Is Nolan's BBC-Stonewall investigation a 'Romans' moment in culture?

By now it is well-known that BBC journalist Stephen Nolan has produced a 10-part podcast series about Stonewall's vast influence on public bodies – including the BBC.

This is clearly a highly significant event, arguably a turning point in the endless debate over sex, gender and sexuality. So-called gender-critical activists and the journalists platforming them have talked for some time about 'institutional capture' by Stonewall. I prefer to talk of organisational takeover, as big business and charitable organisations, as well as institutions, have been influenced.

This series has been widely trumpeted – by other journalists – as a triumph of investigative journalism and as a timely corrective to transgender ideology. The question is to what extent is this true.

A bonfire of vanities

The series is rather eclectic in its presentation of the issues. Short interview clips with well-known LGBT, LGB and gender-critical activists are interspersed with commentary from Stephen Nolan, as well as rather a lot of office banter among the journalists working on the programme. This style is probably the reason why the series is so long. I am far from convinced that it was necessary; audiences actually care deeply about these basic issues, and the attempt to joke around about things was uncalled for.

The simple fact of having the more outlandish stuff in campaigners' own words is priceless. Witness the stream of nonsense in Episode 4 on 'Being non-binary', and the CEO of Pink News admitting he doesn't know what the terms 'two-spirit' or 'genderqueer' actually mean!

More seriously, two out of the ten podcasts are actually devoted to the BBC's own relationship to Stonewall. Is the BBC marking its own homework here? Or is there a more subtle explanation?

BBC Wales finally reports criticism of the Welsh Government

Stephen Nolan is based in BBC Northern Ireland, which is editorially independent of the central BBC in London, and of BBC Scotland and BBC Cymru and BBC Wales (the last two are editorially independent of each other). Stonewall does not have a separate branch in Northern Ireland, and transgender ideology never got pushed in Northern Ireland to nearly the same degree as elsewhere. This helps explain why Nolan was able to make this series.

What is curious though is that an article by his colleague David Thompson was published around a week later on the BBC Wales part of the BBC website (probably the first piece of BBC Wales journalism looking critically at transgender ideology for a long time). This focused on Nolan's discovery (via handy Freedom of Information Requests) that Stonewall had 'dictated' to the Welsh Government that 'gender identity' is protected by the Equality Act 2010, when it isn't actually mentioned in it. This typical Stonewall tactic was rightly criticised by Robin Allen QC, who said that whilst the Welsh Government is permitted to adopt 'a more inclusive definition of characteristics' for policy development, it is not permissible to exclude characteristics. In other words, given that 'gender identity' trumps sex, and that sex is in the Equality Act, it should not have included 'gender identity'. This is very timely given the Welsh Government is now working through responses to its LGBTQ+ Action Plan, which is heavily focused on advancing transgender rights.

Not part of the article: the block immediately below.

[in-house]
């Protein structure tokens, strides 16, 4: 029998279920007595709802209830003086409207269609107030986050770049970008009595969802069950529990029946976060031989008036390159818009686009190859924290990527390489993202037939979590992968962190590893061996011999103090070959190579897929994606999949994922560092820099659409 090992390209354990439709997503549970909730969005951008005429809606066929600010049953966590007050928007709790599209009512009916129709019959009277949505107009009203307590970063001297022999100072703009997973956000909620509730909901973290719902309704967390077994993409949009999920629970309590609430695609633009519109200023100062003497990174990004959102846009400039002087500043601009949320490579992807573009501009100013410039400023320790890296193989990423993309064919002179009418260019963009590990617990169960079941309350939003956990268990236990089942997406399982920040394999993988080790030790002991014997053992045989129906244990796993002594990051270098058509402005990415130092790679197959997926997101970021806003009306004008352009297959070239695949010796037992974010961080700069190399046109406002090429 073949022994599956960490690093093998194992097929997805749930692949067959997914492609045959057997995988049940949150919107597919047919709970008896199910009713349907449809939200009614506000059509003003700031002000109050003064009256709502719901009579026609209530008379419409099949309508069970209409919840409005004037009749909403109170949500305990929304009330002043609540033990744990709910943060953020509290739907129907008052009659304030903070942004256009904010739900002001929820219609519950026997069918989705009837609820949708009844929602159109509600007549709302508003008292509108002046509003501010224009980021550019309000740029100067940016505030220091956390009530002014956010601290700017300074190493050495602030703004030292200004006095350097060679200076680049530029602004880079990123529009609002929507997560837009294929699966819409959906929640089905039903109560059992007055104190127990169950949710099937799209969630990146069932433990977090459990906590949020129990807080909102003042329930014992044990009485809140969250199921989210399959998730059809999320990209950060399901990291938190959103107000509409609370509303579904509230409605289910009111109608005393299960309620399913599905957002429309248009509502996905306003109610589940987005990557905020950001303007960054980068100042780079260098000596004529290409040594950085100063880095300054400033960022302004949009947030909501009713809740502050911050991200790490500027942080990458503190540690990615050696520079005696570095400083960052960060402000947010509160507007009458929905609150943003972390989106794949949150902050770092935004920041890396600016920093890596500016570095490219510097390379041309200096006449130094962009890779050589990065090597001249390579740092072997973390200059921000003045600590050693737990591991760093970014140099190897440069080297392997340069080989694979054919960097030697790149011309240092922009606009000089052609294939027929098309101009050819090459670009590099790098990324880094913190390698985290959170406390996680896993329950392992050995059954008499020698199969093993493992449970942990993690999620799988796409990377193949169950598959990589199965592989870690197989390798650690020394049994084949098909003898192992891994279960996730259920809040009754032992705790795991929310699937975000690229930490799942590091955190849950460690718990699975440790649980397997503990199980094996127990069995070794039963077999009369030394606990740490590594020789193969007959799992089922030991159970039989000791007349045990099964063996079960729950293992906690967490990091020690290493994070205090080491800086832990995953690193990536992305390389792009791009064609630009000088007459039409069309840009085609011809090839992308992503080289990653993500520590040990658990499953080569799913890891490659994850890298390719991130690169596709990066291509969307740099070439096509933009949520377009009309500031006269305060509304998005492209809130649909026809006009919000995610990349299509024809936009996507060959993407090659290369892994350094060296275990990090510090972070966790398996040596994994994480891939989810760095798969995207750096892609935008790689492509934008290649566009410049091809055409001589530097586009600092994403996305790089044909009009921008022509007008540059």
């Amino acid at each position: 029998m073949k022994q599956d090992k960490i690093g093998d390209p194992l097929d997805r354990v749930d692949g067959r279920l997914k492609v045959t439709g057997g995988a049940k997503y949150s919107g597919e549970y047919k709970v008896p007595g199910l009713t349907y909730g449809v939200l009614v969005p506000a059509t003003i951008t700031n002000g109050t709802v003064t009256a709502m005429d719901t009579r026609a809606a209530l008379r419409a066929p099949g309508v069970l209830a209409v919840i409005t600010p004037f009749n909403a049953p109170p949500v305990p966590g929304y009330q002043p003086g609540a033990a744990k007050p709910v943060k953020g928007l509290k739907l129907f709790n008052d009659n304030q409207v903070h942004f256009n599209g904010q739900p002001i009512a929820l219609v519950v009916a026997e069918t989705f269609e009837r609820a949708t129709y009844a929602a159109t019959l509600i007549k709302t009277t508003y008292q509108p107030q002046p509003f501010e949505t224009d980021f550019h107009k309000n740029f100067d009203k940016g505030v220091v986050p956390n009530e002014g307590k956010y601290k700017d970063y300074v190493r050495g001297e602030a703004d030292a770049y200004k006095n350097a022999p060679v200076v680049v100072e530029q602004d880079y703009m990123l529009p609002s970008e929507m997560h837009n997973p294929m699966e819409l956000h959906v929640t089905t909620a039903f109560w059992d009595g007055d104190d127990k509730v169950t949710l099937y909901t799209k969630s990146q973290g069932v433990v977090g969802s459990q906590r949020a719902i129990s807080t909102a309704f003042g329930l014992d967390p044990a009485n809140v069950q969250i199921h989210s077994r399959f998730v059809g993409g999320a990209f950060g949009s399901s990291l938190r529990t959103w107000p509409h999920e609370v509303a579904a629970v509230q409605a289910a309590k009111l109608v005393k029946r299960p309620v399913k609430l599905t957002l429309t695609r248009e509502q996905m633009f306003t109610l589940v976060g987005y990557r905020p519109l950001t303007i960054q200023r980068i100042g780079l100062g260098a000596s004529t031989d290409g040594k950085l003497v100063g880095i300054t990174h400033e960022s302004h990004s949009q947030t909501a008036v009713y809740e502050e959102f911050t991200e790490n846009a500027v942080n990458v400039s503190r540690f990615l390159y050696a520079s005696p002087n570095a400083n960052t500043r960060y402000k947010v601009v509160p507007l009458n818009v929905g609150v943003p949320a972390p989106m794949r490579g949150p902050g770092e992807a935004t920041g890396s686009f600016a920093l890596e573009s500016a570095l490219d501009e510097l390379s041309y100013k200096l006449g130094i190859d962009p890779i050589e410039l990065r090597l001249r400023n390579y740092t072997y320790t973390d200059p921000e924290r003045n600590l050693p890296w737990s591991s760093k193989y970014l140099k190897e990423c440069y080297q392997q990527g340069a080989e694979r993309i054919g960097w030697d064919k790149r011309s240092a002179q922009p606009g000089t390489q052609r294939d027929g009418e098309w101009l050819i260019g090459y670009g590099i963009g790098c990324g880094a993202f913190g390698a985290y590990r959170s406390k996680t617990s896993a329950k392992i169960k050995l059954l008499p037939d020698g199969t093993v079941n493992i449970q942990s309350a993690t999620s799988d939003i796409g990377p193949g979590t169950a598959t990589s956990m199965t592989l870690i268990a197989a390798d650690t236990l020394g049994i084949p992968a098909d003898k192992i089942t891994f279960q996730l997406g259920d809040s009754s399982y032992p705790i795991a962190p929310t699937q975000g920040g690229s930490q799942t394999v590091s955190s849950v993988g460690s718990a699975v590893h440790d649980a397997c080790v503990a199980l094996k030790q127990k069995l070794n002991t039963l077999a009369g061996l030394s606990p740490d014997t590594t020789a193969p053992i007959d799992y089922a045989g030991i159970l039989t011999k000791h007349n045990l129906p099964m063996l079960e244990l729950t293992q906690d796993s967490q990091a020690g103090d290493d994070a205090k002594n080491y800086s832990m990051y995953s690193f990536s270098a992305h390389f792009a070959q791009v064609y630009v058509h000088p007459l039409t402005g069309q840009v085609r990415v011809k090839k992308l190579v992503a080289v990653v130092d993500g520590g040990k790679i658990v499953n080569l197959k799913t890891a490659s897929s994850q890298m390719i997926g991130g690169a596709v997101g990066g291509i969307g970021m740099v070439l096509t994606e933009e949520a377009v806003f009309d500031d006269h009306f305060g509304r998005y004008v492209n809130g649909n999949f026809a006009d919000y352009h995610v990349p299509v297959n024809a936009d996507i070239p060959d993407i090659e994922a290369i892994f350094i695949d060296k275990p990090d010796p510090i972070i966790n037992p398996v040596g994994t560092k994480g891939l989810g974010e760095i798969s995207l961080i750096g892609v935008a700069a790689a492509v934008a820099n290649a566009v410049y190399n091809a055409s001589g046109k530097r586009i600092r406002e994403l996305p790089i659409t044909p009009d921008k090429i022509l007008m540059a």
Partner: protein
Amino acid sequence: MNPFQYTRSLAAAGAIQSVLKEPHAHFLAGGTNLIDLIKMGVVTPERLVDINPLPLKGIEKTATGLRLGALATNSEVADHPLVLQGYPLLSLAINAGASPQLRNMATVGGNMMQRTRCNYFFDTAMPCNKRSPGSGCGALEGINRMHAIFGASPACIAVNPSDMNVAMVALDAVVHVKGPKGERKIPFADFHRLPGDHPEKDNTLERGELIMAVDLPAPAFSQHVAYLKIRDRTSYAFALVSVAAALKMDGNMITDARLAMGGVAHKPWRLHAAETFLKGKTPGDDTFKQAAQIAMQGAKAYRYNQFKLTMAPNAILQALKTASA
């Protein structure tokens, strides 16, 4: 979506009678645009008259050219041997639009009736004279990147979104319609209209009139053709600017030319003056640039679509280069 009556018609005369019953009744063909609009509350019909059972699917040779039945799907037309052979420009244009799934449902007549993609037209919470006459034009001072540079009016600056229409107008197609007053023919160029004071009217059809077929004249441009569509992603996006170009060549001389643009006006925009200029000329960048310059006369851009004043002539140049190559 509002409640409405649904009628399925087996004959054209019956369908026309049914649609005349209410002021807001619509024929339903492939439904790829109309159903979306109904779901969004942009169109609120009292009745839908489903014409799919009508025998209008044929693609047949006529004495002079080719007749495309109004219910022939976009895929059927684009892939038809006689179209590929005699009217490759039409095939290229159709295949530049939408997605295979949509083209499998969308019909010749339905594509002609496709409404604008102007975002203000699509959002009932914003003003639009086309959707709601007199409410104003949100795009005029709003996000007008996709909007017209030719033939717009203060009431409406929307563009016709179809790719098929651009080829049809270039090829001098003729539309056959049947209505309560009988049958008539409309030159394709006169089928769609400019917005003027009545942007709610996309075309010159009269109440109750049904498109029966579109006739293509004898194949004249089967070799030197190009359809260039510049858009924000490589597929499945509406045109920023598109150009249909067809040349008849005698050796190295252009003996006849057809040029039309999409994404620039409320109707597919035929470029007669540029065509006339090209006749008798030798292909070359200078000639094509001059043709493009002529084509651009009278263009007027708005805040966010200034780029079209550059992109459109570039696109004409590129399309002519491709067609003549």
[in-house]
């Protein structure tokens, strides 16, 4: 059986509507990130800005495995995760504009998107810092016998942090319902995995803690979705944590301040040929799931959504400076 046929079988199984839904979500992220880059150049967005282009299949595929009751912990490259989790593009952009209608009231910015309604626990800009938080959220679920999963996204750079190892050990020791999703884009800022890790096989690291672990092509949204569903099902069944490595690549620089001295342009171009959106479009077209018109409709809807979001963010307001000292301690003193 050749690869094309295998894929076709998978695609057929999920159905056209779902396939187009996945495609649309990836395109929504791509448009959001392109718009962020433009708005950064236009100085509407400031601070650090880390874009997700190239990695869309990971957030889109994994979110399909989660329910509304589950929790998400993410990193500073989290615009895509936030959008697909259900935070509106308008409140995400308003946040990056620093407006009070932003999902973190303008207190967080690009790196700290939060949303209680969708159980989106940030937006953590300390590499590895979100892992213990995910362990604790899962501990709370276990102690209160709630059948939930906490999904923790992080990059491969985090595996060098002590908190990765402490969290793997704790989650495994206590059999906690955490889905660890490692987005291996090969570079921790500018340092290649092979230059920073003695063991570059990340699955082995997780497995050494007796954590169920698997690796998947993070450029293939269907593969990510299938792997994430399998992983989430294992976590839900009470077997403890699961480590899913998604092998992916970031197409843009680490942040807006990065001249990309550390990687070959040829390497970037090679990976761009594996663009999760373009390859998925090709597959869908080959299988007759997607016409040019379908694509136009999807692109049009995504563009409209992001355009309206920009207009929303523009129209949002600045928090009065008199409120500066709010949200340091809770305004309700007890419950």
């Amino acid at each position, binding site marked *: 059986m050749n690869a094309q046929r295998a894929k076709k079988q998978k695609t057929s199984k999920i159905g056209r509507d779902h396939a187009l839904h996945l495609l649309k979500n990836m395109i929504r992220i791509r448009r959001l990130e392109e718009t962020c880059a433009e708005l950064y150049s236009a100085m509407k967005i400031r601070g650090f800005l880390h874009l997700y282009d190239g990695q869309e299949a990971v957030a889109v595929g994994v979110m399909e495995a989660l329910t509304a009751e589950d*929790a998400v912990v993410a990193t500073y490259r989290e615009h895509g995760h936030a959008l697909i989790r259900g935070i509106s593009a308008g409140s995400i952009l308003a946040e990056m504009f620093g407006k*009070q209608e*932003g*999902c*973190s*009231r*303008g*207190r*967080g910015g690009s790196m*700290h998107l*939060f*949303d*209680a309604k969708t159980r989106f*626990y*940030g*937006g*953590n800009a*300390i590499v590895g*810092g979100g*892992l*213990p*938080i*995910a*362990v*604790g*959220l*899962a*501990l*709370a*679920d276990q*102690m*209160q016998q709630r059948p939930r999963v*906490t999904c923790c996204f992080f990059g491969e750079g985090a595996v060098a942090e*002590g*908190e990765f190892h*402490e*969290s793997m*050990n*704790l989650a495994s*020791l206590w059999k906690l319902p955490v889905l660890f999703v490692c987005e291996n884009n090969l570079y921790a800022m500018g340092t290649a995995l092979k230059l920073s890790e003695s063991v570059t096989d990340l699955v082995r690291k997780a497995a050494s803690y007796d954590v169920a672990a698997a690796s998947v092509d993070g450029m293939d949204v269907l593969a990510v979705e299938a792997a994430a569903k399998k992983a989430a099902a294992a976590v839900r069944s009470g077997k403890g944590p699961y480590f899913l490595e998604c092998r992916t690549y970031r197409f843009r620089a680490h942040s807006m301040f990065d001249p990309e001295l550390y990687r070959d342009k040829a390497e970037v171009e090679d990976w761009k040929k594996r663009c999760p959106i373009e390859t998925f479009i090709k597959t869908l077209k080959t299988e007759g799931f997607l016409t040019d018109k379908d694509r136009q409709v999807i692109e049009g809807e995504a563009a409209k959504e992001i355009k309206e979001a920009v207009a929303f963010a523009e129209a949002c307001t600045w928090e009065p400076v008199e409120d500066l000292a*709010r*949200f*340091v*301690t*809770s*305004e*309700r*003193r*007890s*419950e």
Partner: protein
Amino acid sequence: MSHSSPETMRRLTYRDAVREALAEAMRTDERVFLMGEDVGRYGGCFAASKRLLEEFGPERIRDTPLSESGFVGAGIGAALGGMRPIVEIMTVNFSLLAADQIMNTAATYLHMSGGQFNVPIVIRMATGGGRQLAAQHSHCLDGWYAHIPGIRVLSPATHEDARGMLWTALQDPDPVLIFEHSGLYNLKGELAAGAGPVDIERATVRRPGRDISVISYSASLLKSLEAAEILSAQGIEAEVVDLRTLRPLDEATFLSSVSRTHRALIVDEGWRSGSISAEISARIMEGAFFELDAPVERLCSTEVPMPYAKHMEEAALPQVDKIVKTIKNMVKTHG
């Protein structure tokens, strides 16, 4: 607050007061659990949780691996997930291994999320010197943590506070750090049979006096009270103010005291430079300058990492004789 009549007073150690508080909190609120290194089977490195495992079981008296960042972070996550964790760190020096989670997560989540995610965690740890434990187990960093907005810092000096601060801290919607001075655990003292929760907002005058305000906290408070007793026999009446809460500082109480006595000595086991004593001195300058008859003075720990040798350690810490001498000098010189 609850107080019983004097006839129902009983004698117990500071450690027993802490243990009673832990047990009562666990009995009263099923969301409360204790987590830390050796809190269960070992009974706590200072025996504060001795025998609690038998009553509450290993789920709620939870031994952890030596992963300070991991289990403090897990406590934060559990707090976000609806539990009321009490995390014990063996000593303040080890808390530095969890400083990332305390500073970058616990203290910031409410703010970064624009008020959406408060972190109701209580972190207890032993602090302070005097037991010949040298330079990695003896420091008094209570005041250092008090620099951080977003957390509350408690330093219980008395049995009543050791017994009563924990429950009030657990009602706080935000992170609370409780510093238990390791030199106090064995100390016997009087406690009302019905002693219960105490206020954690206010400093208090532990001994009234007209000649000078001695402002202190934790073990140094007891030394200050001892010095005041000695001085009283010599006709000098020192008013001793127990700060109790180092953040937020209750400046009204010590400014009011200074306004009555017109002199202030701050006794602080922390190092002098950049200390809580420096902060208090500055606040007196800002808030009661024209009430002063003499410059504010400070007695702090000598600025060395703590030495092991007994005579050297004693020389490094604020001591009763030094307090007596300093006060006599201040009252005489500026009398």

Examining the Tavistock

Episode 5 is an extended interview with former Tavistock clinician Dr David Bell. He dismisses the idea that any child is 'born in the wrong body' and thinks nobody should speak of 'trans children'. He goes as far as saying that we don't need a national gender identity service, that children should be instead helped through local CAMHS [Child and Adolescent Mental Health Services]. He lists those negative physical consequences of gender reassignment, such as infertility, that are known. He said that clinicians were in reality under pressure as to what they could say from transgender lobby groups, of which Stonewall was one. Particularly disturbing are Bell's revelations that he had to get legal help to be able to continue speaking out at the NHS Tavistock Foundation Trust.

However, he also uncritically reproduces the gender-critical claim that teenagers referred to the Tavistock are really just suffering from 'internalised homophobia'. The reality is that there is no published evidence from gender identity clinics or elsewhere proving that most children referred to clinics are really same-sex attracted. Even the findings of the non-random Littman study puncture this generalisation. In addition, the Tavistock itself has been so inadequate in its record-keeping that the High Court judges in the Keira Bell case expressed surprise at it.

Nolan tries to manipulate Rosie Duffield MP

On preserving single-sex spaces, Nolan asks Rosie Duffield MP whether she should be challenged. He says the country doesn't fall over when gay men are in men's changing rooms, implying she assumes all men are attracted to women. She replies that it isn't about attraction, that rape is a crime of power. Nolan does not challenge this one-sided approach.

The true answer as to why society is not fussing about gay men in men's changing rooms is simply that gay men are a small minority of men. Nolan's question is not only disingenuous, it is passive-aggressive and show a nasty disrespect for women's need to be protected from male sexual predators. It is also a way of goading Rosie Duffield into seeming to criticize gay men – something as a politician she could never afford to do, for fear of being hounded out of public life.

Nolan fails to challenge the hypocrisy on the word 'mother'